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abstract = "Objective: To investigate the frequency of neonatal and later childhood morbidity in children exposed to antiepileptic drugs in utero.Design: Retrospective population based study.Setting: Population of the Grampian region of Scotland.Participants: Mothers taking antiepileptic drugs in pregnancy between 1976 and 2000 were ascertained from hospital obstetric records and 149 (58{\%} of those eligible) took part. They had 293 children whose health and neurodevelopment were assessed.Main outcome measures: Frequencies of neonatal withdrawal, congenital malformations, childhood onset medical problems, developmental delay, and behaviour disorders.Results: Neonatal withdrawal was seen in 20{\%} of those exposed to antiepileptic drugs. Congenital malformations occurred in 14{\%} of exposed pregnancies, compared with 5{\%} of non-exposed sibs, and developmental delay in 24{\%} of exposed children, compared with 11{\%} of non-exposed sibs. After excluding cases with a family history of developmental delay, 19{\%} of exposed children and 3{\%} of non-exposed sibs had developmental delay, 24{\%} of exposed children had either major malformations or developmental delay, 52{\%} of exposed children had facial dysmorphism compared with 25{\%} of those not exposed, 31{\%} of exposed children had childhood medical problems (13{\%} of non-exposed sibs), and 20{\%} had behaviour disorders (5{\%} of non-exposed).Conclusion: Prenatal antiepileptic drug exposure in the setting of maternal epilepsy is associated with developmental delay and later childhood morbidity in addition to congenital malformation.",
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AU - Dean, John

AU - Hailey, H.

AU - Moore, S. J.

AU - Lloyd, David J

AU - Turnpenny, P. D.

AU - Little, Julian

PY - 2002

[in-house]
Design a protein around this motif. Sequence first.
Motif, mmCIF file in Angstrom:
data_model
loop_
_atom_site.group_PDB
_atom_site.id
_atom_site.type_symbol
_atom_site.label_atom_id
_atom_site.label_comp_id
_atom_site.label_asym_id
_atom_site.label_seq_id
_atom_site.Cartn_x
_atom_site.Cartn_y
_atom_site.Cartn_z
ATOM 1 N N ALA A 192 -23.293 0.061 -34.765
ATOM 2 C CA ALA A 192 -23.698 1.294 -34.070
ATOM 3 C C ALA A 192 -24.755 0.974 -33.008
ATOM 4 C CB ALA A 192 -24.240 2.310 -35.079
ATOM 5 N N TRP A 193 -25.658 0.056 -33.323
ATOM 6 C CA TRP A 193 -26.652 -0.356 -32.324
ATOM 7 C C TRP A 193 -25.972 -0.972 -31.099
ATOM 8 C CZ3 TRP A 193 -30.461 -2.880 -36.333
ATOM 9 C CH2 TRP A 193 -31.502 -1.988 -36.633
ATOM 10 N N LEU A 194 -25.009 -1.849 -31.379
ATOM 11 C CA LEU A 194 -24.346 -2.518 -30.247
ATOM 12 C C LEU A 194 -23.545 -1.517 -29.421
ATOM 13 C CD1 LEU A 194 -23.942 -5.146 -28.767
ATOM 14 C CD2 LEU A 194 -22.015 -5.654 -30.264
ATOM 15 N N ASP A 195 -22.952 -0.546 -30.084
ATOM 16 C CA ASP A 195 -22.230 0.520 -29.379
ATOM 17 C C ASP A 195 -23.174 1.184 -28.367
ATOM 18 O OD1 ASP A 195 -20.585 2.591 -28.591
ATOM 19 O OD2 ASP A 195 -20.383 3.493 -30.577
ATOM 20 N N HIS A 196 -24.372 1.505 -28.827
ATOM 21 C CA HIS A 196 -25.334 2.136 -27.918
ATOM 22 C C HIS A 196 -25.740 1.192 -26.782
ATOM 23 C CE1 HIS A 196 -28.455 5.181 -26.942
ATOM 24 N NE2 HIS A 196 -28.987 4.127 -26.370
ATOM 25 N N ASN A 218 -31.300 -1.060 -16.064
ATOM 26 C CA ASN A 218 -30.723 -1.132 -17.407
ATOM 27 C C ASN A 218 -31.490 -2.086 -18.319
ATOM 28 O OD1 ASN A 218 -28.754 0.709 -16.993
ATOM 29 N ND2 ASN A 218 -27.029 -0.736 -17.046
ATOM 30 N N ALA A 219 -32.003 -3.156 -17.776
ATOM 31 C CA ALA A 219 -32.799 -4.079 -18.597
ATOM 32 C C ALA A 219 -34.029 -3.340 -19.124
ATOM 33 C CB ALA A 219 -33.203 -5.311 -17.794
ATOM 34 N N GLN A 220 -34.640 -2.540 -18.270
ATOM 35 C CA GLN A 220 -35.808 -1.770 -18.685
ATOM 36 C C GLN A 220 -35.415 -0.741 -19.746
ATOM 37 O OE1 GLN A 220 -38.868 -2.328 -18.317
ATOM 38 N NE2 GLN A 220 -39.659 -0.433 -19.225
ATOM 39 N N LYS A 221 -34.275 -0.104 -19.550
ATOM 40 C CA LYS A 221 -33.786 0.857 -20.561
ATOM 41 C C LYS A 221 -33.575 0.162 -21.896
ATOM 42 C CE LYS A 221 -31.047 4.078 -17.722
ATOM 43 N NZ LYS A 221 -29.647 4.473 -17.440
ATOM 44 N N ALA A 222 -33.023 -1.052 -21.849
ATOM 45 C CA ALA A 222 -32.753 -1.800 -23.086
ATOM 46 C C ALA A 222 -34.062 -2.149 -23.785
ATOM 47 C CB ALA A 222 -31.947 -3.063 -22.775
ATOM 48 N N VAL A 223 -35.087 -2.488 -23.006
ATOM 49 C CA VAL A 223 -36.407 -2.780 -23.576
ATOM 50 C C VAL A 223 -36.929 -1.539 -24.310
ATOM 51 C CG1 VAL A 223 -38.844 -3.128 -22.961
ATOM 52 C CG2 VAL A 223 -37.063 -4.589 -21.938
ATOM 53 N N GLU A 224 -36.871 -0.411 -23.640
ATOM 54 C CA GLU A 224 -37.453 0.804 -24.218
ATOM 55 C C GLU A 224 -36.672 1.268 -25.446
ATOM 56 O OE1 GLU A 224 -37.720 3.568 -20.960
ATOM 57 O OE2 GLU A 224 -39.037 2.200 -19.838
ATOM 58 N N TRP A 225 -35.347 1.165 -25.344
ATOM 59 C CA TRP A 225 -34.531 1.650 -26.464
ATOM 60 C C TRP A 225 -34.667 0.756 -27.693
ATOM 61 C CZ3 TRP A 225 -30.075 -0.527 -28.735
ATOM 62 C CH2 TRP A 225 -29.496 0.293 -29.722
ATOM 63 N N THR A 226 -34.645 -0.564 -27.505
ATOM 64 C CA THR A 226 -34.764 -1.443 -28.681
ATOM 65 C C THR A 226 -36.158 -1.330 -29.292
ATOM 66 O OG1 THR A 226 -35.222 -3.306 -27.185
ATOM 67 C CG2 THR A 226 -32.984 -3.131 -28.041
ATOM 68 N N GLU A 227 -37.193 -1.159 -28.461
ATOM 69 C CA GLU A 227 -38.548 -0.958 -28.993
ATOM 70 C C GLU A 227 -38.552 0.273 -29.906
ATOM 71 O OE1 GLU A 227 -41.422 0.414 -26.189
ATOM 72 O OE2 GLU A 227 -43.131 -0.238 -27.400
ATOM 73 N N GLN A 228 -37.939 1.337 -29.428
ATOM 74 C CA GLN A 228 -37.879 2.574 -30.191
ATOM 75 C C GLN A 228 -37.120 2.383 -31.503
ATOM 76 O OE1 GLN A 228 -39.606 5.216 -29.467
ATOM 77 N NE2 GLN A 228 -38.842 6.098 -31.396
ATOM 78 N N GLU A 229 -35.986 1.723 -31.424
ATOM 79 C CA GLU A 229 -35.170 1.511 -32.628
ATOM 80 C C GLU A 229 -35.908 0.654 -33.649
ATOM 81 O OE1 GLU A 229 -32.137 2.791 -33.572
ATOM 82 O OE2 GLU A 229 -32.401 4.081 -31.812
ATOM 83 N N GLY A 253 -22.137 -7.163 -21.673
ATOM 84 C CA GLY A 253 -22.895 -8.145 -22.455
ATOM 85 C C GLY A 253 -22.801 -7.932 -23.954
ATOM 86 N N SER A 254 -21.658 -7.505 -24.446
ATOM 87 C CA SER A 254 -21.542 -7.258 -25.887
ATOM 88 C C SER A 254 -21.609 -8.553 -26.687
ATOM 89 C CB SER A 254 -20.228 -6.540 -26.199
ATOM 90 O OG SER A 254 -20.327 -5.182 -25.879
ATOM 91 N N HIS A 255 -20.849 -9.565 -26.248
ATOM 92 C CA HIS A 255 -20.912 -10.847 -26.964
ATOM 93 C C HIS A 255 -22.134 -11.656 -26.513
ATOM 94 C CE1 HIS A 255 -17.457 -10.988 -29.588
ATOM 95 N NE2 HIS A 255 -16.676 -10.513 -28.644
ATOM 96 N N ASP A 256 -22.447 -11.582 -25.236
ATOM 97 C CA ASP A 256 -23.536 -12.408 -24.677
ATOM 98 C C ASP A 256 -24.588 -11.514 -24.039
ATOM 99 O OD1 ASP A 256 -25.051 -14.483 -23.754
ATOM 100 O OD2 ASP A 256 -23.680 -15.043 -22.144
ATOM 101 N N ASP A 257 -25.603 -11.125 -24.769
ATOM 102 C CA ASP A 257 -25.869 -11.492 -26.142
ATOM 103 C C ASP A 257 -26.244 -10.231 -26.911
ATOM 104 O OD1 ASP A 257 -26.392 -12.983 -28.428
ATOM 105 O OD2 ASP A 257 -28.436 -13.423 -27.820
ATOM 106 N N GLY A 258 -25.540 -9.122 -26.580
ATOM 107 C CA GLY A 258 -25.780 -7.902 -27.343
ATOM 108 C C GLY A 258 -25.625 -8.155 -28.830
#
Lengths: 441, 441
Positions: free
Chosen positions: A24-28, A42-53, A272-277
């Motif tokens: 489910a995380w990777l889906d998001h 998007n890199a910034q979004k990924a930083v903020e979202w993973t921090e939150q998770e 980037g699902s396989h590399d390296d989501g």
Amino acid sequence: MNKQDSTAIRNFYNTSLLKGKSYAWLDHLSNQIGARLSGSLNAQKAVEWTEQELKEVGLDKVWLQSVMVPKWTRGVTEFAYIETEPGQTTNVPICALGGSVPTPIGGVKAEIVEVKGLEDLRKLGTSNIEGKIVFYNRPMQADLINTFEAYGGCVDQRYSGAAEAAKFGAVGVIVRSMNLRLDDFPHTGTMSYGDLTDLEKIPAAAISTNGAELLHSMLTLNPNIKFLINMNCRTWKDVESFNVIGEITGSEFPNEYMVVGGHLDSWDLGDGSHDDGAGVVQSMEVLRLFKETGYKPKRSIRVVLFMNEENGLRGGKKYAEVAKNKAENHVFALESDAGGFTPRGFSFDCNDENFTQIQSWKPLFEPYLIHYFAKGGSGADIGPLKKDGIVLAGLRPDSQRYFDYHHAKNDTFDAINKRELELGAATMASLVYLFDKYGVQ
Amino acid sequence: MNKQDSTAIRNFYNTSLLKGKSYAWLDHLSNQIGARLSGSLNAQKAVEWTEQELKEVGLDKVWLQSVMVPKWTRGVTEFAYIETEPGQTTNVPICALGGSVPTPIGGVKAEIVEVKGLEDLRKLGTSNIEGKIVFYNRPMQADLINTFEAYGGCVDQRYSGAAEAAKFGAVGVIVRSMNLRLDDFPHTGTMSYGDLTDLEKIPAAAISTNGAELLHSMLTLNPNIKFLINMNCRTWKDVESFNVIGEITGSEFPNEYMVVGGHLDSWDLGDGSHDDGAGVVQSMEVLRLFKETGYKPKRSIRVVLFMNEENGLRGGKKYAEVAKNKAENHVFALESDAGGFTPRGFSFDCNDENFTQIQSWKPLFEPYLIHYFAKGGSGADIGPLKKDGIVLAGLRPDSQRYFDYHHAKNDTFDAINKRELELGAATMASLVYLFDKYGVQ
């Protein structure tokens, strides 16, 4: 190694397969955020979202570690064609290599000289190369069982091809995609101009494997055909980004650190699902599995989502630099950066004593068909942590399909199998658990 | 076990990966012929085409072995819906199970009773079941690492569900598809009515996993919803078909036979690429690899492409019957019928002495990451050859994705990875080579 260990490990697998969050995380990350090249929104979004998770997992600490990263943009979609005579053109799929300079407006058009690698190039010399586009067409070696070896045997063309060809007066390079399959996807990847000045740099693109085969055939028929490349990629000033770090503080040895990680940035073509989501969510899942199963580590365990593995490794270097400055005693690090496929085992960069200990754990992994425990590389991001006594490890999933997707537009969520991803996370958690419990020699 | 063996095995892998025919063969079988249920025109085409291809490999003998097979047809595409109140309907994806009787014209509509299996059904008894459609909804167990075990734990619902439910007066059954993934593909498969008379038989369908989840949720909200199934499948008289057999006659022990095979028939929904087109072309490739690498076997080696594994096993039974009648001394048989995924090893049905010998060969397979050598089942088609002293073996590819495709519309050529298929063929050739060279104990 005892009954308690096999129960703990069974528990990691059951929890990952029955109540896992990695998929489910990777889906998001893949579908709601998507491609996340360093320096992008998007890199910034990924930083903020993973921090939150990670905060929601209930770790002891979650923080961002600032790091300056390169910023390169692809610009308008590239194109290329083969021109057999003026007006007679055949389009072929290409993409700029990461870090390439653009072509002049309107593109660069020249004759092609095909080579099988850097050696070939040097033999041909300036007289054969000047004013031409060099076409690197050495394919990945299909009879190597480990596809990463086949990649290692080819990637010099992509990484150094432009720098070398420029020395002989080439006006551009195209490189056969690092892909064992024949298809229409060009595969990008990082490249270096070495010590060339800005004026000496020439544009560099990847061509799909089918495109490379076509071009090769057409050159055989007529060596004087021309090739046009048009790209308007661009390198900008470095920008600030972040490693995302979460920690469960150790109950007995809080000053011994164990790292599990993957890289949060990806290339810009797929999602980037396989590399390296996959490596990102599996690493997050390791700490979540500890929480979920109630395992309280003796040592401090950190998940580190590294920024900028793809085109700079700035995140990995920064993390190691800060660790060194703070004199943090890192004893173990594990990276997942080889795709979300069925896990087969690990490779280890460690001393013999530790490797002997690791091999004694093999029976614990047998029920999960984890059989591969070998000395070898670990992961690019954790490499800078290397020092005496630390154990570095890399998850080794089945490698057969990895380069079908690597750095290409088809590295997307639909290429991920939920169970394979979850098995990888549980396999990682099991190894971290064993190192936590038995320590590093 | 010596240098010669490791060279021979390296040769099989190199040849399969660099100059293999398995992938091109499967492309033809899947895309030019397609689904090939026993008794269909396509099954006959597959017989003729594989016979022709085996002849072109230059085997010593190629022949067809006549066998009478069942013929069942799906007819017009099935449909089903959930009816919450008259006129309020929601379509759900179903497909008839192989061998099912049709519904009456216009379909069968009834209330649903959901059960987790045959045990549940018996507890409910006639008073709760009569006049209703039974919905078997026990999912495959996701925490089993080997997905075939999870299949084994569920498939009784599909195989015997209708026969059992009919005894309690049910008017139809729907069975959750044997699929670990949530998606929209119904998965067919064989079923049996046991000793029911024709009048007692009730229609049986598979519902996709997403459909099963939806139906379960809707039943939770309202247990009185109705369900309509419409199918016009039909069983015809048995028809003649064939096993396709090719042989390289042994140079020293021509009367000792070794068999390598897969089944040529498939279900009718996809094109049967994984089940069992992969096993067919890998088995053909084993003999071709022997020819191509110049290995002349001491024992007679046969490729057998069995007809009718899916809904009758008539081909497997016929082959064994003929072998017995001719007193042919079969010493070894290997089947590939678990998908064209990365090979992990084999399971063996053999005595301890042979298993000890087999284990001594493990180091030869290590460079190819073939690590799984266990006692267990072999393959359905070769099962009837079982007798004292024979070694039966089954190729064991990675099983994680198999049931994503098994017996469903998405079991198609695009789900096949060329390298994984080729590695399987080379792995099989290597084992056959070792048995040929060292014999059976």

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N2 - Objective: To investigate the frequency of neonatal and later childhood morbidity in children exposed to antiepileptic drugs in utero.Design: Retrospective population based study.Setting: Population of the Grampian region of Scotland.Participants: Mothers taking antiepileptic drugs in pregnancy between 1976 and 2000 were ascertained from hospital obstetric records and 149 (58% of those eligible) took part. They had 293 children whose health and neurodevelopment were assessed.Main outcome measures: Frequencies of neonatal withdrawal, congenital malformations, childhood onset medical problems, developmental delay, and behaviour disorders.Results: Neonatal withdrawal was seen in 20% of those exposed to antiepileptic drugs. Congenital malformations occurred in 14% of exposed pregnancies, compared with 5% of non-exposed sibs, and developmental delay in 24% of exposed children, compared with 11% of non-exposed sibs. After excluding cases with a family history of developmental delay, 19% of exposed children and 3% of non-exposed sibs had developmental delay, 24% of exposed children had either major malformations or developmental delay, 52% of exposed children had facial dysmorphism compared with 25% of those not exposed, 31% of exposed children had childhood medical problems (13% of non-exposed sibs), and 20% had behaviour disorders (5% of non-exposed).Conclusion: Prenatal antiepileptic drug exposure in the setting of maternal epilepsy is associated with developmental delay and later childhood morbidity in addition to congenital malformation.